Schumer’s long-awaited AI ‘road map’ is coming this week. It will cost billions.

Jabin Botsford/The Washington Post
Senate Majority Leader Charles E. Schumer (D-N.Y.) and a bipartisan group of senators will release a long-awaited “road map” for regulating artificial intelligence this week, a sprawling directive that comes nearly a year after Schumer called for an “all hands on deck” push.

A bipartisan group of senators, including Majority Leader Charles E. Schumer, will unveil a long-awaited “road map” this week for regulating artificial intelligence, directing Congress to infuse billions of dollars into research and development of the technology while addressing its potential harms.

The sprawling directive comes almost a year after Schumer called for an “all hands on deck” push to regulate AI, saying that Congress needed to accomplish years of work in months.

While not legislation, the initiative is intended to provide direction to the Senate committees increasingly crafting bills tackling the technology. The plan, which is not yet finalized, reviews a host of issues – including AI’s effect on the military, health care and workers, according to people who have been briefed on the plan, who spoke on the condition of anonymity to discuss the unreleased document. The plan could be made public as soon as Tuesday, one of the people said.

“The road map is still being finalized and should be released shortly,” Schumer spokeswoman Allison Biasotti said in a statement.

The plan is expected to call for about $32 billion in funding for AI research and development, according to people familiar with the plans. The figure is based on a 2021 National Security Commission on Artificial Intelligence report, which called for 1 percent of U.S. gross domestic product to be directed to research and development at agencies including the Department of Energy, National Science Foundation and National Institute of Standards and Technology.

The plan will also call for individual sectors – such as health care – to develop specific rules for AI, as well as for the development of testing and transparency measures that will help explain potential harms of the technology. The document will also include provisions to ensure that the U.S. military stays competitive in AI, tracking adversaries’ progress in developing the technology.

The United States lags far behind Europe and other governments in crafting guidelines for AI, and the road map is intended to spur a wave of legislative activity in Congress. The plan has bipartisan backing, but many observers are skeptical that a deeply polarized legislature will be able to craft comprehensive AI laws during a heated presidential election year.

Meanwhile, U.S. tech companies are forging ahead with ever more powerful AI systems and tools. OpenAI on Monday announced a number of upgrades to ChatGPT, powered by a new model that improve the chatbot’s capabilities to listen and respond by voice. Google is expected to announce AI enhancements to its own products at its Tuesday developer conference.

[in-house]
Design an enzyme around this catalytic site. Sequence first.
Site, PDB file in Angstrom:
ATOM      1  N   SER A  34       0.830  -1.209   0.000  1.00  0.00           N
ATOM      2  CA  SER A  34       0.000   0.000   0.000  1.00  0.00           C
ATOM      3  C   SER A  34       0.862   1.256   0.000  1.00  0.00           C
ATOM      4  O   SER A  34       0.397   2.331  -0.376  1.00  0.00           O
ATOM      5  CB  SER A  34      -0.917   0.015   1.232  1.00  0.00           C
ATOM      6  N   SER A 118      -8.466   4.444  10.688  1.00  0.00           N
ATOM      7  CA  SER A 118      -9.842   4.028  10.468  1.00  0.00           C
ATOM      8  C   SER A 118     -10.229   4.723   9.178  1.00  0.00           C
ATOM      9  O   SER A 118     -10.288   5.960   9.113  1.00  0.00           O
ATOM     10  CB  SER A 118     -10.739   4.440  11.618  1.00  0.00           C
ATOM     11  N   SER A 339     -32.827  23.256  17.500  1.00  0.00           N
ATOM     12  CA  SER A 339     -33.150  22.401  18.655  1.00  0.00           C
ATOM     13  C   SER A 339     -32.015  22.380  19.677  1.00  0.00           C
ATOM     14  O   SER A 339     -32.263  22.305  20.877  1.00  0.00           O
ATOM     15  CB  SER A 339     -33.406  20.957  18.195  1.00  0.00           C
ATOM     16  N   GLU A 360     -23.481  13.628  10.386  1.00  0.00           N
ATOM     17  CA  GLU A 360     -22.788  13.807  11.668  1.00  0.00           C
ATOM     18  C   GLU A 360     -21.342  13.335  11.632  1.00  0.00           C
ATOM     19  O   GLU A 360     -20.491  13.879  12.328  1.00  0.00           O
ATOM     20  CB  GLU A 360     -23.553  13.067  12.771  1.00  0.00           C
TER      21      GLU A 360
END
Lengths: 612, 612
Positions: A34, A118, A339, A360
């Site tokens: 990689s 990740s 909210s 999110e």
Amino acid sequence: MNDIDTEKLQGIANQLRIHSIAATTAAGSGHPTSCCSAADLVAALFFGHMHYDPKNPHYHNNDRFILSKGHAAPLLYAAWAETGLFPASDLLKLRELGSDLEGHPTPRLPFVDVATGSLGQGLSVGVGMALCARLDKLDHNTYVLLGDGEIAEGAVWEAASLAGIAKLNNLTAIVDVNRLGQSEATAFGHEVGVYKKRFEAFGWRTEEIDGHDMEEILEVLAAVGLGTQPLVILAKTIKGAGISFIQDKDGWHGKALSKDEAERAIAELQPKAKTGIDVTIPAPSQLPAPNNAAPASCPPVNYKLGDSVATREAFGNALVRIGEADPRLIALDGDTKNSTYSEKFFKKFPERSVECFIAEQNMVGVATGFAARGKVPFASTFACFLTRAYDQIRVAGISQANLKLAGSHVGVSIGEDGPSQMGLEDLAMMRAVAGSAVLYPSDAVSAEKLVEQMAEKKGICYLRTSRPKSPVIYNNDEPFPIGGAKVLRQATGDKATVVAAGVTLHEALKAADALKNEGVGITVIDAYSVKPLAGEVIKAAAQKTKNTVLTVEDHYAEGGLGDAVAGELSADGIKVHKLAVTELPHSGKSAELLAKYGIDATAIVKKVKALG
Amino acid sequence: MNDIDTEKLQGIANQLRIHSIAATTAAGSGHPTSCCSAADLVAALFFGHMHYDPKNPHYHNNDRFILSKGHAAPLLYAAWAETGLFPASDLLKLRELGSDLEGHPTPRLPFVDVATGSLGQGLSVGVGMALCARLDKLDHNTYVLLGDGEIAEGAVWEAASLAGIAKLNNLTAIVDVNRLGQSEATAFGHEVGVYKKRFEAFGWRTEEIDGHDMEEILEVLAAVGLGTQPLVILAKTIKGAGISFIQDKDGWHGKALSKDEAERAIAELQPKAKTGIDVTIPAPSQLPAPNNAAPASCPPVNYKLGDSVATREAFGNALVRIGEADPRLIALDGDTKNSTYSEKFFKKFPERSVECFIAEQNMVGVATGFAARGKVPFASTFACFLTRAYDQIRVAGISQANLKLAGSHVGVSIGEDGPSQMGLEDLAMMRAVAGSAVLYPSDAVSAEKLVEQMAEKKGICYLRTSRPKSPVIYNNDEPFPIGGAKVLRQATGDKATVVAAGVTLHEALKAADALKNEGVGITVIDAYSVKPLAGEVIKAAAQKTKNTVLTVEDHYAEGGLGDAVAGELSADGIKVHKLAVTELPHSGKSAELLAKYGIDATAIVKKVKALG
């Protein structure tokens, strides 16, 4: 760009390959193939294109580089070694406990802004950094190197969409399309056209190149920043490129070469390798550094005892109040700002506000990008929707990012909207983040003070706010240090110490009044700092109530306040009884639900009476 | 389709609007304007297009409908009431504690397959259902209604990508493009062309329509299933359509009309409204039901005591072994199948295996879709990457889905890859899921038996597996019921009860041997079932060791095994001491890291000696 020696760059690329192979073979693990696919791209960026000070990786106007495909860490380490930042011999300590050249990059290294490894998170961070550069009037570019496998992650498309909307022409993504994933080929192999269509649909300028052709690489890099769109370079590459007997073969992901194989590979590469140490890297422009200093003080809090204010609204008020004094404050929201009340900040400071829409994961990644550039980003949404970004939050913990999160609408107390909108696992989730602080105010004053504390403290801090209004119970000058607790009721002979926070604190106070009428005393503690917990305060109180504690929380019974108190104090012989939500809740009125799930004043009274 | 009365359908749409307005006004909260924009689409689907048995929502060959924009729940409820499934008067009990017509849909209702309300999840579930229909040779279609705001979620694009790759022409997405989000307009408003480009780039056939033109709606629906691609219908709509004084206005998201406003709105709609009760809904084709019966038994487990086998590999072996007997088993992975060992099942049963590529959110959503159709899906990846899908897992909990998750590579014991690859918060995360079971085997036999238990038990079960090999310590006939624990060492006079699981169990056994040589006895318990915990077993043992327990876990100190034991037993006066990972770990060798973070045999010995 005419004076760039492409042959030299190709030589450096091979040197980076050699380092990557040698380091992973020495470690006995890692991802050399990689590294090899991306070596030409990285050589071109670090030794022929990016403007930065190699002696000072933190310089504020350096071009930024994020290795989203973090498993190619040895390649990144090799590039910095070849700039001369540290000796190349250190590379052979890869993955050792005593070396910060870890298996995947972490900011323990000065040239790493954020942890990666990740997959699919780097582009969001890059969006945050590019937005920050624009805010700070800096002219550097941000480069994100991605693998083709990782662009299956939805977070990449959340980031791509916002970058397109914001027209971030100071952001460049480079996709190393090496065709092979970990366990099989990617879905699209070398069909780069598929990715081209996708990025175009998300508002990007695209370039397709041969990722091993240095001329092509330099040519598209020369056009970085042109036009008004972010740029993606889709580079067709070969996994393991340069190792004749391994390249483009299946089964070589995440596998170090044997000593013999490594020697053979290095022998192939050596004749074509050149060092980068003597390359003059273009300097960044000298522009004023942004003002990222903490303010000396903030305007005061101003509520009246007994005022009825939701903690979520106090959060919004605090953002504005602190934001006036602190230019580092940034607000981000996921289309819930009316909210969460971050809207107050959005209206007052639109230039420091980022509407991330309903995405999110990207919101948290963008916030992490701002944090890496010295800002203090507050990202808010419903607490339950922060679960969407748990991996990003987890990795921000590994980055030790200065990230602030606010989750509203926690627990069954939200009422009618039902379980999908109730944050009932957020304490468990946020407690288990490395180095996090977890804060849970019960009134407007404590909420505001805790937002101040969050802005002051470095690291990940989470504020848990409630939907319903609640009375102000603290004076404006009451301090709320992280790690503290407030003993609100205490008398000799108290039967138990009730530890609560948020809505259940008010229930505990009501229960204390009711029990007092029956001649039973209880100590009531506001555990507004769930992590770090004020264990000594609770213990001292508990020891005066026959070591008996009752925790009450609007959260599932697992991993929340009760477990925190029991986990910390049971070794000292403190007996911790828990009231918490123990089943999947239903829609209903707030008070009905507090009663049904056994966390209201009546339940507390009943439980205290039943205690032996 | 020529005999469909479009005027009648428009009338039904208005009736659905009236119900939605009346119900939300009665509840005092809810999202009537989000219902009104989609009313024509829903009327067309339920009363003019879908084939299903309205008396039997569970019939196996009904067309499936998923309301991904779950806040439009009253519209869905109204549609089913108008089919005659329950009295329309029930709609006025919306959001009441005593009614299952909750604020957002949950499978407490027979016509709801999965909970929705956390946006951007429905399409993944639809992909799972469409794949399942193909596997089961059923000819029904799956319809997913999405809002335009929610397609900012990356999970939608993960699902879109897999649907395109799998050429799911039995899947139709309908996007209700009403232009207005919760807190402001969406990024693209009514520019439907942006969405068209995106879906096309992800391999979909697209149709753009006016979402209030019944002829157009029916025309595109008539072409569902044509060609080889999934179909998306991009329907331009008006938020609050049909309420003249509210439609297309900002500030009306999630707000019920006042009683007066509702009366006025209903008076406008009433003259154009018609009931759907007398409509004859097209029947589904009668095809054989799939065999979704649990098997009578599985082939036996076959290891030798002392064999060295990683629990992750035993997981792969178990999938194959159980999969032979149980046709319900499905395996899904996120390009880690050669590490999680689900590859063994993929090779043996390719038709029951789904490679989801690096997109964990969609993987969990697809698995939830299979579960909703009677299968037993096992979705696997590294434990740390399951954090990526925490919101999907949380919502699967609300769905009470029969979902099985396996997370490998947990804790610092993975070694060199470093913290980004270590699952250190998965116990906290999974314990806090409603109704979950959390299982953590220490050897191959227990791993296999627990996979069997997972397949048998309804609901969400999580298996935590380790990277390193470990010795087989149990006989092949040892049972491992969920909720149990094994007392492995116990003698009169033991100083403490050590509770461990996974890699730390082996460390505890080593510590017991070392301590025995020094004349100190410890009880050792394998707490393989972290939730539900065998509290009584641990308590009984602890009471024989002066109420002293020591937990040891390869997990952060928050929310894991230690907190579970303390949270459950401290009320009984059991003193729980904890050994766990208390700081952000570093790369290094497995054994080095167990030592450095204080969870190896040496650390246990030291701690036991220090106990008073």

Schumer has urged the United States to swiftly develop guardrails for AI. A bipartisan group of senators dubbed the “AI Gang” crafted the proposal, including Sens. Martin Heinrich (D-N.M.), Mike Rounds (R-S.D.) and Todd Young (R-Ind.).

The plan is also expected to call for the passage of bipartisan bills that have already been introduced, including the CREATE AI Act, which would establish federal infrastructure for AI research, one of the people said. It also includes provisions to promote training and developing workers for other skills, amid broad concerns about the effect artificial intelligence could have on jobs, another of the people said.

Schumer teased the upcoming plan during an interview last week at the AI Expo For National Competitiveness, where he said that congressional committees will take the lead on recommendations in the document. Some committees will move faster than others, he said. The Rules Committee, helmed by Sen. Amy Klobuchar (D-Minn.), is scheduled Wednesday to consider three bipartisan bills to address the effect of artificial intelligence on U.S. elections.

“Our committees will go to work,” Schumer said. “Some committees are a little further along than others. We’re not going to wait to have one huge comprehensive plan that touches on everything.”

Schumer’s plan is the product of months of meetings among lawmakers, top tech executives, civil rights and labor leaders, consumer protection advocates and researchers, through a series of sessions that he dubbed “insight forums.” In the most high-profile gathering last year, Schumer held a six-hour session with executives locked in fierce competition to direct the future of AI development, including Tesla CEO Elon Musk, Meta CEO Mark Zuckerberg and OpenAI CEO Sam Altman.